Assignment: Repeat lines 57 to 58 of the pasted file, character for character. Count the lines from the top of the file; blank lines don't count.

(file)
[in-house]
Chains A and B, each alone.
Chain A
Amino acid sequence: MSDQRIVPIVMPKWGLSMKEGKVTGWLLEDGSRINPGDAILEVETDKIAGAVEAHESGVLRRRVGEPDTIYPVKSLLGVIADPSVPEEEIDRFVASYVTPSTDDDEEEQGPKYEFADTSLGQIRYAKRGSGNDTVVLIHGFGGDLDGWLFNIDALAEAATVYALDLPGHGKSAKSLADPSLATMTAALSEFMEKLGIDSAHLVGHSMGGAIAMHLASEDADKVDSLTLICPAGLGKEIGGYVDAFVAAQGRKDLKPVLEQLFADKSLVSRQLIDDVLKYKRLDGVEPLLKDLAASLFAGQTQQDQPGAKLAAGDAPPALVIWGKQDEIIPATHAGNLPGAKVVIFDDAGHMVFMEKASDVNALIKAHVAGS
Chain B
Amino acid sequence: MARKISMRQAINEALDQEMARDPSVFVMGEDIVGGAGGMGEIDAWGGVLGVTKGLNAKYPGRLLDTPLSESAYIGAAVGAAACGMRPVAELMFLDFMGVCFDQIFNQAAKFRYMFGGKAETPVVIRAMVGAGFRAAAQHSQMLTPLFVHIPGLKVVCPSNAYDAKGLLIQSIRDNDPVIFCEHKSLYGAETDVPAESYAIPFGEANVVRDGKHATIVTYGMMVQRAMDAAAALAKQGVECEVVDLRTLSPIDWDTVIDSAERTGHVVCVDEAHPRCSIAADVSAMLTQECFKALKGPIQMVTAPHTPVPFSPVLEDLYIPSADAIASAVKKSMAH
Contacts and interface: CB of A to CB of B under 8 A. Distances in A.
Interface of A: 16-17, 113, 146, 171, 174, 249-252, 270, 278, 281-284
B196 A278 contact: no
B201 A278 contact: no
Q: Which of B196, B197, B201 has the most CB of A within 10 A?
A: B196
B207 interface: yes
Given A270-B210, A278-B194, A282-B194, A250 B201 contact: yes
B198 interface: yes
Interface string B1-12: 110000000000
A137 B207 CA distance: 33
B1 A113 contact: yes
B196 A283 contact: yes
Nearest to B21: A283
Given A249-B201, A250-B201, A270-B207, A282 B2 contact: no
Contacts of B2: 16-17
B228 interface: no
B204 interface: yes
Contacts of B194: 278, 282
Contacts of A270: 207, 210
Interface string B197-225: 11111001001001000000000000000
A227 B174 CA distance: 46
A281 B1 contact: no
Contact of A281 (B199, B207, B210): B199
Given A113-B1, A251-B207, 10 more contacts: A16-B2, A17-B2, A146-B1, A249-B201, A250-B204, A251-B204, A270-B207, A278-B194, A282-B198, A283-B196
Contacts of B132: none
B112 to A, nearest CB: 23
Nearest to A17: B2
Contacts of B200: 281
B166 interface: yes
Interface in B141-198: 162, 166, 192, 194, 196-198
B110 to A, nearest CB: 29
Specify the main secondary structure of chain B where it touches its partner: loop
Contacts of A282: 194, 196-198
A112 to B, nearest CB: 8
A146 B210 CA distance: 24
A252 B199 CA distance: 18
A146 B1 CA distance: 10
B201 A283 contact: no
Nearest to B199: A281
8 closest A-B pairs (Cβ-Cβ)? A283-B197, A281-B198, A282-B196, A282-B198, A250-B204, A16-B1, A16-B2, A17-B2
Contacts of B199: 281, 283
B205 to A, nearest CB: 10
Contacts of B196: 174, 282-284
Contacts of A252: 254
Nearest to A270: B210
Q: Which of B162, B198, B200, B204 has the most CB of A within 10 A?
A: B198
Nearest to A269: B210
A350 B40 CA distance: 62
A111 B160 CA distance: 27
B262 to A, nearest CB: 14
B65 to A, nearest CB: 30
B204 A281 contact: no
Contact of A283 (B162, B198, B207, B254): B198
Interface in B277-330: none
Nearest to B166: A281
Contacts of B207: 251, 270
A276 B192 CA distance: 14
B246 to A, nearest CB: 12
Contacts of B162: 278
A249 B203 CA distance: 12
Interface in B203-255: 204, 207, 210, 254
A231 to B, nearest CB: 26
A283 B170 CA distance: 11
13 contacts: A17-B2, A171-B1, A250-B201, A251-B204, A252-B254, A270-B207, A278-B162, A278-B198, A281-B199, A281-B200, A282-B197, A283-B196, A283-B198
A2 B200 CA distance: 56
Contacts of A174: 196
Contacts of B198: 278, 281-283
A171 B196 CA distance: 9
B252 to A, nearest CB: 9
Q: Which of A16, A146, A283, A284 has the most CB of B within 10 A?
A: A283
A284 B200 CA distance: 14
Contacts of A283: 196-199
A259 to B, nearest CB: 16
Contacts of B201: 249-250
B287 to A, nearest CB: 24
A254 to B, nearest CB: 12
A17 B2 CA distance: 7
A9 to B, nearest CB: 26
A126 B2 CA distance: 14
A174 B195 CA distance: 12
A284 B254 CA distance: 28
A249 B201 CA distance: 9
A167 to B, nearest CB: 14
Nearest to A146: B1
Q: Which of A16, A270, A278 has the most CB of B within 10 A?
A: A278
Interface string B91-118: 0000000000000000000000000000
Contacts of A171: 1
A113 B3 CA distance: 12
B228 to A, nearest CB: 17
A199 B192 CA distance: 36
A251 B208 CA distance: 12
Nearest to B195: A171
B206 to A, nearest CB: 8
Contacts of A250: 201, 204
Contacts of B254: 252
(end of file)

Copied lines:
A111 B160 CA distance: 27
B262 to A, nearest CB: 14